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She stoops to conquer, “a splendid comedy of intrigue”. A comedy of intrigue is a comedy in which there are plots, designs, contrivances, even conspiracies of one character or group of characters, against the others, so that he characters may be divided into intriguers and the victims of those intrigues or the deceivers and the deceived. She stoops to conquer increase the entertainment value of the comedy. Some characters are in the know of the truth, and the others are not, there are different levels of awareness.
The audience knows the truth and this result in dramatic irony, a source of much delightful comedy.
The dramatist’s eye takes on a merry twinkle as it observes the follies and weakness of his characters, as do those of the grown- ups when they see their children at play. Indeed in this respect, Goldsmith leaves behind both the comedy of manners and the sentimental comedy, and goes for inspiration to the earlier and freer atmosphere of the Shakespearean comedy he which is a pure comedy, without any ulterior aims except the entertainment of the readers and spectators.
One is reminded of Puck plat in with mortals and laughing at their folly. The comedy, in short, represents a mixture of many modes. As Allardyce Nichol puts it, “it is not a true comedy of manners, yet it clearly owes part of its inspiration to that school of which Farquhar was one of the last true representatives. In atmospheres it approaches more closely to Shakespeare’s romantic comedy.
There breathes over the play an atmosphere of romantic sentiment-not the sentimentalism of Goldsmith’s contemporaries, but a peculiar union of intellect and emotion which colours the figures and words of Hardcastle and of Tony Lumpkin and of Diggory alike. This humour Goldsmith unquestionably owes to his Irish parentage and upbringing. There is the sly smile, and the concealed wit, the emotional and sincere kindness which marks out the comedies of Shakespeare. Tony lumpkin himself is of the kin of Falstaff. He is a fool, yet a wit also; his follies make us laugh at him, but his clever tricks cause him to be the source of laughter for other men. For once in the eighteenth century, the spirit of Twelfth Night was revived.”
She Stoops to Conquer is a complex work of art and as such as a number of themes and ideas stand out of it. One of the themes is the contrast between appearance and reality. Appearances are deceptive, but they are constantly taken for reality and truth. From this arise a number of mistakes, so many that it would be correct to call the play a great “comedy of errors”. It is “pure comedy”, throughout eschewing both tears hand reforms, but as Thorndike admits it cannot be called “ high comedy”, for it offers no view of high society or modish wit it can scarcely be called “ high” comedy either comedy in the sense that its plot is determined by its characters.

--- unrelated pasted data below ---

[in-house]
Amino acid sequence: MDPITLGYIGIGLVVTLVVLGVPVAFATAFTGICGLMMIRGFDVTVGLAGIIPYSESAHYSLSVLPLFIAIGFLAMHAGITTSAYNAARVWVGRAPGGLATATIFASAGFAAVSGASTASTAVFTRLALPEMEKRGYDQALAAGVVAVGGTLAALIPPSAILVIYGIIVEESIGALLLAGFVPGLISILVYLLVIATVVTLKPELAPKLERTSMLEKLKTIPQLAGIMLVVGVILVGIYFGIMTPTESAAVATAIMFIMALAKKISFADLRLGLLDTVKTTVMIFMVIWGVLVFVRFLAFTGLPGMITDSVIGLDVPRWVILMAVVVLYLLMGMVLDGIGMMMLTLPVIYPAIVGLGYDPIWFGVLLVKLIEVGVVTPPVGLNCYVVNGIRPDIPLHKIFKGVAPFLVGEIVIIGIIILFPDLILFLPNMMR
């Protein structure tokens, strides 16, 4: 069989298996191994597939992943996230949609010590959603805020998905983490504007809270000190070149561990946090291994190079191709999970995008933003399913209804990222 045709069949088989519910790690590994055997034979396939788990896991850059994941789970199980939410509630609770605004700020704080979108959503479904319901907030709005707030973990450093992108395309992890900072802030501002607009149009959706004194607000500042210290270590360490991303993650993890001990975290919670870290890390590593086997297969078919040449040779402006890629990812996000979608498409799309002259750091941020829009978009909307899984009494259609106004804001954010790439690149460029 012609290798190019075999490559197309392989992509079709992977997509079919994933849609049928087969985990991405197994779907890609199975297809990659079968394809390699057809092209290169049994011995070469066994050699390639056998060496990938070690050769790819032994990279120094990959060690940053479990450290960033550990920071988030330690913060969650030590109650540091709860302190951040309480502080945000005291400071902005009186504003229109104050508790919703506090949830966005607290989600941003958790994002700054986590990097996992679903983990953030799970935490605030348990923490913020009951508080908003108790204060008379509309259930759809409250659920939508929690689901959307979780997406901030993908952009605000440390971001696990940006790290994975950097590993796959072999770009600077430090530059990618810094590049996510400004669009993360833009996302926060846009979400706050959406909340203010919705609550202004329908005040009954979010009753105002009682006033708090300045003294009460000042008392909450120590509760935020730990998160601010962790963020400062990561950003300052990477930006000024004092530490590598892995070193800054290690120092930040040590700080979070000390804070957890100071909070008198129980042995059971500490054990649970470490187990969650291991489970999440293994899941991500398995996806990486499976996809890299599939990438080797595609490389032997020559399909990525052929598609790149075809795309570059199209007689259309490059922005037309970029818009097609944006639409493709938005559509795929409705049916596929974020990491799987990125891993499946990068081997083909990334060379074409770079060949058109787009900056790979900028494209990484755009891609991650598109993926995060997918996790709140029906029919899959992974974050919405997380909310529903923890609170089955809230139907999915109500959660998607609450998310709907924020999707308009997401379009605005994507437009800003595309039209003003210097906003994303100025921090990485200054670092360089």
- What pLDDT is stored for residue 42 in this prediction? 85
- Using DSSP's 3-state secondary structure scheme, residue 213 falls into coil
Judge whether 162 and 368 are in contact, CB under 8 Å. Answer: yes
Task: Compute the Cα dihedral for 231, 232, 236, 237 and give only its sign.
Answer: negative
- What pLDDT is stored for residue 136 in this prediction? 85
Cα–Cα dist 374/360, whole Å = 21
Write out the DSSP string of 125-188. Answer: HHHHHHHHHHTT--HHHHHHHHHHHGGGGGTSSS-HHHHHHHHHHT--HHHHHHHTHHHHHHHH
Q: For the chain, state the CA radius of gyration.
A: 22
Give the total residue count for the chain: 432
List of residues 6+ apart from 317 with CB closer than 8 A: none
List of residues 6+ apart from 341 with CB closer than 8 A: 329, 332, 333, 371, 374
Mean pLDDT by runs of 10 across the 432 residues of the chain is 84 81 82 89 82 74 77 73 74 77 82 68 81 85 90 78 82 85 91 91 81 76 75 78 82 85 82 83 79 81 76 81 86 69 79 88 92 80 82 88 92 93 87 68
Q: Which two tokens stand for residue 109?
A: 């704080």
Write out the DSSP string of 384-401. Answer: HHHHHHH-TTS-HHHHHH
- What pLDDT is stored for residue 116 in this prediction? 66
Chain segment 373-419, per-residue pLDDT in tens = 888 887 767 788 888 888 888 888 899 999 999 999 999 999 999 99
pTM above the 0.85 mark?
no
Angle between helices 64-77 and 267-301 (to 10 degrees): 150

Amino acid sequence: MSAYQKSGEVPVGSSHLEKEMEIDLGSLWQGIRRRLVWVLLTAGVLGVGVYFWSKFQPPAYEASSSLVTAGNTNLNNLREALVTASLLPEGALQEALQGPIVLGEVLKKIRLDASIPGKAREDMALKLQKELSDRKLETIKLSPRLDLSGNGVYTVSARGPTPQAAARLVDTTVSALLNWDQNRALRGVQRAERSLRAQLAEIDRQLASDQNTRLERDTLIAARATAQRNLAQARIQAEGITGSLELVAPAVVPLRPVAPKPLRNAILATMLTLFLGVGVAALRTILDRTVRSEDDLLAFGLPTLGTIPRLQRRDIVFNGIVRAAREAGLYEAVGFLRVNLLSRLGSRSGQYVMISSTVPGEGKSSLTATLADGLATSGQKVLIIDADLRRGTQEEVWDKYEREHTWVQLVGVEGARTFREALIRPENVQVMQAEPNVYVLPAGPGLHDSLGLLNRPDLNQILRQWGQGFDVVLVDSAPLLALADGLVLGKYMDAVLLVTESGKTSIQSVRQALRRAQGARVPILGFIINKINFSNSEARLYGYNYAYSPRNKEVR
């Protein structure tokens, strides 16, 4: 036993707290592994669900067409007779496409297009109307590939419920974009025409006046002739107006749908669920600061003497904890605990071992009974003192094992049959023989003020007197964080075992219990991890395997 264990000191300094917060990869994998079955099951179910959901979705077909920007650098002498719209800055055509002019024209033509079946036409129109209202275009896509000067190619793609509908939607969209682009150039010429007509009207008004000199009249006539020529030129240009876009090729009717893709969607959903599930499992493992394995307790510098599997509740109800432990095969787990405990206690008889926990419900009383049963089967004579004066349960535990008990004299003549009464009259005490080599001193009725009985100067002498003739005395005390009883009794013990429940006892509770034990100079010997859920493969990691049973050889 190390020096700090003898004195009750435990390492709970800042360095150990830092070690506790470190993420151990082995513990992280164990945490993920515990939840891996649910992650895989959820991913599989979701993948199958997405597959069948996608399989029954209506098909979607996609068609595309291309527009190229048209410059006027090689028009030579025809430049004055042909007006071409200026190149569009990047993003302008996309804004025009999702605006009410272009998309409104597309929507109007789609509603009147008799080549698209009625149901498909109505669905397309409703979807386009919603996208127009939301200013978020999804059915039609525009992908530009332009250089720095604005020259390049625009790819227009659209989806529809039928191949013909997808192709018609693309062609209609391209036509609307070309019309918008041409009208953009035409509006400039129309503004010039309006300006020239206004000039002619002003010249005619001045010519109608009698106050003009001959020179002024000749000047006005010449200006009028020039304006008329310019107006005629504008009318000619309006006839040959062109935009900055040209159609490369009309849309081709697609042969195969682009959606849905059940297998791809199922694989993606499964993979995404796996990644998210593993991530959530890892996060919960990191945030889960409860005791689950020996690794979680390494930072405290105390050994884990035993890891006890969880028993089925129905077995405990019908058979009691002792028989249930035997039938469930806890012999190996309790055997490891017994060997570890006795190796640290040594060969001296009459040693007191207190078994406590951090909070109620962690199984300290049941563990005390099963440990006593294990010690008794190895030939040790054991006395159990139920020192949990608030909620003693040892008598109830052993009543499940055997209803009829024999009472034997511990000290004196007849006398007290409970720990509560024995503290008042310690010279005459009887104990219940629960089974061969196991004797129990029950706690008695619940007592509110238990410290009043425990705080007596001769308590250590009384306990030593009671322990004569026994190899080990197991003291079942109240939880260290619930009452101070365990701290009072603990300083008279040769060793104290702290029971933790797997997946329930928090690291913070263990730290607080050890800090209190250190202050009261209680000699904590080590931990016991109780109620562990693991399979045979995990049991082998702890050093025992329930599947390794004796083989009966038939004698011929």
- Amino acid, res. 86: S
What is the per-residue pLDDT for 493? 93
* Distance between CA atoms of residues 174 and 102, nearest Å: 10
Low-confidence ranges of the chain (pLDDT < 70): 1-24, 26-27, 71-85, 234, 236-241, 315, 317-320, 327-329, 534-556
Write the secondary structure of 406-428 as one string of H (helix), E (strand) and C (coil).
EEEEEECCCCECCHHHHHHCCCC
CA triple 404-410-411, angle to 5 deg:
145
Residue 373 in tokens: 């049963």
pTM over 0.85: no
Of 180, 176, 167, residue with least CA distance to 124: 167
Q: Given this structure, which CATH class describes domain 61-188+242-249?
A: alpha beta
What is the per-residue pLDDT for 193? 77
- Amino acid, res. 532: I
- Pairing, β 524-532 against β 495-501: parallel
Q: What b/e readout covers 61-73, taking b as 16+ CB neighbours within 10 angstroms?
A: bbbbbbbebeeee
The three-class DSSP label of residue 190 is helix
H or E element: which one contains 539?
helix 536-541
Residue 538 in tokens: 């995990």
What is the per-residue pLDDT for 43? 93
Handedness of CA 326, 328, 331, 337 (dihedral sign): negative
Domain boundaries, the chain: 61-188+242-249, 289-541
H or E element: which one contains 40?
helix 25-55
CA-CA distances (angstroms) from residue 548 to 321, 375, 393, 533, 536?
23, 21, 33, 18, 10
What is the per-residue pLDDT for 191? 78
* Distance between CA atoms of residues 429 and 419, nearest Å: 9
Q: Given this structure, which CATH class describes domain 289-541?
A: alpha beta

Goldsmith has made extensive use of the device called dramatic irony in the play. Dramatic irony may be defined as the presentation on the stage of certain situations and incidents the real significance of which is known to the audience, but not to the characters on the stage. The real significance of the actions and words of the characters on the stage is known b the audience but not by the actors themselves. So they often act and speak at cross-purposes with each other, and this gives rise to much fun and humour. The audience is on a higher level of awareness, and so in a position to enjoy the fun of it all; But the actors are in the dark as to the truth and so unknowingly become objects of laughter. A few illustrations from the play would make the point clear.
The device called dramatic irony has been fully exploited to increase the entertainment value of the comedy. Throughout the play the audience knows the truth which is not known by the actors on the stage who consequently act and talk at cross-purposes to the great amusement of the readers and audience. In the contradictory impressions formed by Mr. Hardcastle and his daughter about Marlow lied the crux of the comedy. To Mr. Hardcastle, Marlow has appeared extremely rude and impudent, whereas his daughter has found him to be awkward and bashful. The audience knows the real truth about him, viz, that Marlow is neither so impudent as Hardcastle imagines nor so awkward as Miss Hardcastle thinks. The concern of the dramatist is to show how the truth about Marlow is finally revealed to the father and the daughter. Throughout the comedy there prevails a subtle dramatic irony; that is to say the audience is in full possession of facts, which are not known to the characters; the comic in the drama arises out of this irony. Instead of suspense, there is expectation which keeps up the interest, that there is hardly a single dull moment from the beginning to the end. This makes it one of the greatest comedies of the world.
She stoops to conquer is skilful blend of broad and light comedy. The scenes in which Miss Hardcastle appears with young Marlow make an admirable foil to the rest. As we see Miss Hardcastle conducting the “sober sentimental interview”, or being vivacious as the barmaid, our laughter is quite different from our louder laughter when in Tony Lumpkin’s company. Again the farcical scene in which Tony infuriates his mother with his “I can bear witness to that” when she discovers the loss of the jewels, is an admirable variation in the broader fun. And yet again how welcome is Diggory, brief though his contribution of a broad rustic vein of humour is. In fact it would be hard to find in any comedy a more skilful and varied performance by the Comic Muse.
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